I recently went to my gynecologist in a borderline state of panic, having noticed some pain in one breast. This came only days after my mother was diagnosed with recurrent breast cancer. (Mine turned out to be nothing.) As I checked in, I noticed a sign announcing that my doctor had decided to stop delivering babies. I said an immediate thanks to God that I was past needing those services and went about my visit without another thought. About a week later my mother called me with the news of my gynecologist’s imminent retirement. Your mother is the one you call for support in a crisis of gynecological proportion. She isn’t supposed to be the one who notifies you of one! I immediately corrected her that it was just babies he was retiring from & not the profession as a whole. “No. I don’t think so,” she said, “It’s pretty clear that he’s retiring.” My response was something irrational, I’m sure, like “He can’t be retiring because I’m not done going!” She took that moment to remind me of the Designing Women episode where Suzanne Sugarbaker’s gynecologist retires and her sister Julia says, “Let him go! He’s paid his dues!” I know my mother shared that same thought. In typical “mother-mode”, she appeared at my house the next day, newspaper in-hand, to prove it to me. And sadly, she was right…again.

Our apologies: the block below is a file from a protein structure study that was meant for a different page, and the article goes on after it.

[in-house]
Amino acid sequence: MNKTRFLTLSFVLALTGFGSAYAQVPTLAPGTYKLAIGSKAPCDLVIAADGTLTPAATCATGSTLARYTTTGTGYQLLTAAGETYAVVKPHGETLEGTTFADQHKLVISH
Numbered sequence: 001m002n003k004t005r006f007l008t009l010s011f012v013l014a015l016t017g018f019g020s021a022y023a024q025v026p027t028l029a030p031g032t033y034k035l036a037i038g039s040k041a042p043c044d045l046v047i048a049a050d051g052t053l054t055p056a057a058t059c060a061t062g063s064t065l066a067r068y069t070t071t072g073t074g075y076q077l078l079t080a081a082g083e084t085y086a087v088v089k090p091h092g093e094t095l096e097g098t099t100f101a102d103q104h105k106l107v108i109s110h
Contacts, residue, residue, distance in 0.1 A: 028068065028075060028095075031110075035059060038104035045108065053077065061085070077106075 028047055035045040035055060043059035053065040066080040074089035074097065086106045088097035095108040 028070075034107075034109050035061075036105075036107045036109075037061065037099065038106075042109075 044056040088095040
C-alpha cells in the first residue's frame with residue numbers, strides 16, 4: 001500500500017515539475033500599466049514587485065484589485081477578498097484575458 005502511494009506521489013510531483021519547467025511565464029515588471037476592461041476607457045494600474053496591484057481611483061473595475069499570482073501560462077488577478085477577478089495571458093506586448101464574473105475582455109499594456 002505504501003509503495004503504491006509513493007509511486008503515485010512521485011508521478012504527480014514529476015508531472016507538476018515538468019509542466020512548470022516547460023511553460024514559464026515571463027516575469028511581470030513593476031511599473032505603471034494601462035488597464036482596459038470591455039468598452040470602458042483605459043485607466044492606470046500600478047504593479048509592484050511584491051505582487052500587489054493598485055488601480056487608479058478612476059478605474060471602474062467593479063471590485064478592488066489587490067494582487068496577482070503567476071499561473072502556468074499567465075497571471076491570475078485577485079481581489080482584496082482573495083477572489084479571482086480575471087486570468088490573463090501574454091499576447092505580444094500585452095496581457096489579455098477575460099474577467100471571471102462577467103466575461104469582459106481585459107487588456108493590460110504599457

Now, choosing a gynecologist is no easy task for a woman. I know this, because I’ve been through as many gynecologists as Clinton has girlfriends. In high school, I went to a gynecologist named Dr. Grinny Ho. I challenge you to beat that one. Tell me a funnier name of an actual practicing gynecologist & I will buy you dinner on the spot. He was a nice man & had the redeeming quality of prescribing narcotics for cramps. But eventually, I moved. In college, I chose one from the phone book. Not a method I speak highly of. I thought his name sounded wonderful, like he would be this gorgeous hunk of man who would tend to my issues and give me a little eye candy while there. I was a college girl, after all. Priorities, you know. He ended up looking like the professor from Back To The Future. I will never, ever forget his hair. Or the butterflies all over his ceiling, as if pondering the wonder of the monarch in flight will take my mind off the cold, hard speculum & latex-covered hand.